Sustainability in Older People's Housing

Dale Potts
The Extra Care sector could lead the way on sustainable home provision. Older residents stand to benefit as they typically spend more time at home and more money on lighting, heating and cooling.

As demographics change, older people's accommodation needs will present critical challenges to policy makers, planners, and those involved in housing provision. All stakeholders are under pressure to meet the increasing demand for Extra Care housing, which balances independent living with support when needed.

The Extra Care sector could also lead the way on sustainable home provision. The 2009 Housing our Ageing Population Panel for Innovation (HAPPI) report, following research throughout Europe, wrote:

"As we get older, we are less able to control our own body temperature and get too hot or too cold more easily. Because we spend more time at home, we spend more money on lighting, heating and cooling, unless our homes are well designed it is perhaps unexpected to find that older person's housing could lead the way in terms of sustainable environmental design, but it makes sense that it should".

Faithful+Gould has produced the Department of Health technical brief  Extra Care Housing: Designing, assessing and delivering sustainable homes.  The report is due for publication on the Housing Learning and Improvement Network website in Spring 2010.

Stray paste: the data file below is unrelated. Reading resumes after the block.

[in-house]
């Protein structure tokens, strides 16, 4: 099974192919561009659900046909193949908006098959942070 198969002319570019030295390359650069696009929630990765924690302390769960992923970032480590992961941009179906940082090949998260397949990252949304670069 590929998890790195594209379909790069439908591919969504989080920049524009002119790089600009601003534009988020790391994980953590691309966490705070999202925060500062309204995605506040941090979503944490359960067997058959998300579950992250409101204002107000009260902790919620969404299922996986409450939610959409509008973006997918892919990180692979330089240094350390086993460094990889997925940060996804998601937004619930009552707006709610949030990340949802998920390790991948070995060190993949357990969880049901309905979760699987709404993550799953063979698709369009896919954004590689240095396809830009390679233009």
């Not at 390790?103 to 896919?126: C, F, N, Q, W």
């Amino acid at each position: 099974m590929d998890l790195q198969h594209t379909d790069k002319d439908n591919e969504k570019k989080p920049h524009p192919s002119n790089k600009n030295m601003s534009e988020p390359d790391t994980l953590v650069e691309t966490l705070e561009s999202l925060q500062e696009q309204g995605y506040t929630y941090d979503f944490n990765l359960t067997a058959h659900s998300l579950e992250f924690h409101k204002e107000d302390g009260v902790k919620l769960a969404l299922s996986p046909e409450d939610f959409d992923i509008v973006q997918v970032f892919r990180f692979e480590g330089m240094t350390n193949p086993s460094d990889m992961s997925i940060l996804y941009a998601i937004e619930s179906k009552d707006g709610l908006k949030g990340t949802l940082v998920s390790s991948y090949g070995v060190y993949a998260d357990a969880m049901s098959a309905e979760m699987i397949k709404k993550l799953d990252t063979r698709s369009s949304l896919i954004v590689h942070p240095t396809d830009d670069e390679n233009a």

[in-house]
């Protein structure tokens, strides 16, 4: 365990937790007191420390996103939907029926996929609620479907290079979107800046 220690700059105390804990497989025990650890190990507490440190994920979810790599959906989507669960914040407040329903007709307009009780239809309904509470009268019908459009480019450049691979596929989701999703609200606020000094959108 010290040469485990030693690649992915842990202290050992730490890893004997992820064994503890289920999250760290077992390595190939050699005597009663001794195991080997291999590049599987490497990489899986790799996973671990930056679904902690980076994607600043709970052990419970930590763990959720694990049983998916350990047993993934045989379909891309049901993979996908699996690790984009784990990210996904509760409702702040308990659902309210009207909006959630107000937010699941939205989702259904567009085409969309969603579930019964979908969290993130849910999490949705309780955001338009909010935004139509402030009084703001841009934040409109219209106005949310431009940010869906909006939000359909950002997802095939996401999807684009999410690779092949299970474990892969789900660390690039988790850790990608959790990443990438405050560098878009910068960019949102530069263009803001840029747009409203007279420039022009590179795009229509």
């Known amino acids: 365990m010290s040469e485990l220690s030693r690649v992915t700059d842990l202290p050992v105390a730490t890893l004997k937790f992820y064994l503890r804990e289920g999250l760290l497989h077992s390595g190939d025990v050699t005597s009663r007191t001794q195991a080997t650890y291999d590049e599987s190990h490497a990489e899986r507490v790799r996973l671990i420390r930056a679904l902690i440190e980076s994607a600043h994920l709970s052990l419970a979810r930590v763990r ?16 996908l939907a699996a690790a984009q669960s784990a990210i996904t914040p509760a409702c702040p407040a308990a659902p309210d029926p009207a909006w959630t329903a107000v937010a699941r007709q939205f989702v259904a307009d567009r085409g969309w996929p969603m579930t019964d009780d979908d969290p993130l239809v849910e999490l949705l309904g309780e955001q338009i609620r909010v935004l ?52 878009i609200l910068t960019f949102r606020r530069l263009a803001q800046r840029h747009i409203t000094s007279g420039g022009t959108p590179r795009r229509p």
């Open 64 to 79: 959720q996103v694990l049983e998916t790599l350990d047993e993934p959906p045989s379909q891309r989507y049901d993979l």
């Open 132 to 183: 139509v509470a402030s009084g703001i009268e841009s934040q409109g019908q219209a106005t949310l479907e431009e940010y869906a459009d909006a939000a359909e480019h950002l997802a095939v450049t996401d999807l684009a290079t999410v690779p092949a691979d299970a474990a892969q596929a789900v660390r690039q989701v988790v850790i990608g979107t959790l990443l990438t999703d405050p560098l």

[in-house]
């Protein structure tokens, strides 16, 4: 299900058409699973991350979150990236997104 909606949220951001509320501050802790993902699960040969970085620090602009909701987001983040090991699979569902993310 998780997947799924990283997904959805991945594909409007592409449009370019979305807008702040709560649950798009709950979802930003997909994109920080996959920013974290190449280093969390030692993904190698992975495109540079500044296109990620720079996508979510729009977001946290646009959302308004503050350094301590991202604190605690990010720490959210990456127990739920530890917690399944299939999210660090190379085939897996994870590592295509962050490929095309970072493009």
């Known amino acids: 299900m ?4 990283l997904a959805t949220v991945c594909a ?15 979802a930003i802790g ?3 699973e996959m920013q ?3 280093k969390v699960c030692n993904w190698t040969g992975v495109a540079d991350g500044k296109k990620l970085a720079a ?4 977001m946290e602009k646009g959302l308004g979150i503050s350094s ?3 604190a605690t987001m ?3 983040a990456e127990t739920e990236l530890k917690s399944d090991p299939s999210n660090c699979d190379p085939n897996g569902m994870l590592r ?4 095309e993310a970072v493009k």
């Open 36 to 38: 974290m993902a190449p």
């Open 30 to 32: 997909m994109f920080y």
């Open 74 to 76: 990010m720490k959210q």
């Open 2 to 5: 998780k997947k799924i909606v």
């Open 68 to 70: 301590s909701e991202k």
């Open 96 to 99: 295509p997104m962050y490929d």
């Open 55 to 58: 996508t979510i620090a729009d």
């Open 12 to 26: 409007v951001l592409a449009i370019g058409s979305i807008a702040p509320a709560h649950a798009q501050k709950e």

The factsheet summarises current policy on the application of BREEAM Multi Residential (MR) and the Code for Sustainable Homes (CSH) where we propose:

  • A structured design approach
  • Scheme-specific renewable energy reporting
  • Energy reporting highlights, energy grants and ‘costs in use', and how these can be offset by revenue available from incoming Feed-in Tariffs

The factsheet shows how this best practice will lead to a model ‘assisted living' zero carbon community.

Proposed legislation milestone targets related to the 2006 Building Regulations (currently out for consultation as part of the CLG document: Sustainable New Homes - The Road to Zero Carbon), aim to build on the forthcoming October 2010 Part L requirement of a 25% mandatory improvement in carbon emissions (CSH Level 3). The goal is to increase this to 44% (CSH 4) by 2013 reaching the ‘zero carbon' or ‘carbon neutral' home by 2016 (CSH 6).

With this target in mind, the Zero Carbon Hub task group was set up in 2009 to advise on the feasibility of delivering ‘minimum energy efficiency for zero carbon dwellings'. The task group concluded that the above minimum energy efficiency standards for apartments can be achieved using a wide variety of products and techniques currently available. Faithful+Gould guides clients through a professional appraisal and delivery process, to assist in securing public sector grants and apply best practice in this increasingly competitive sector.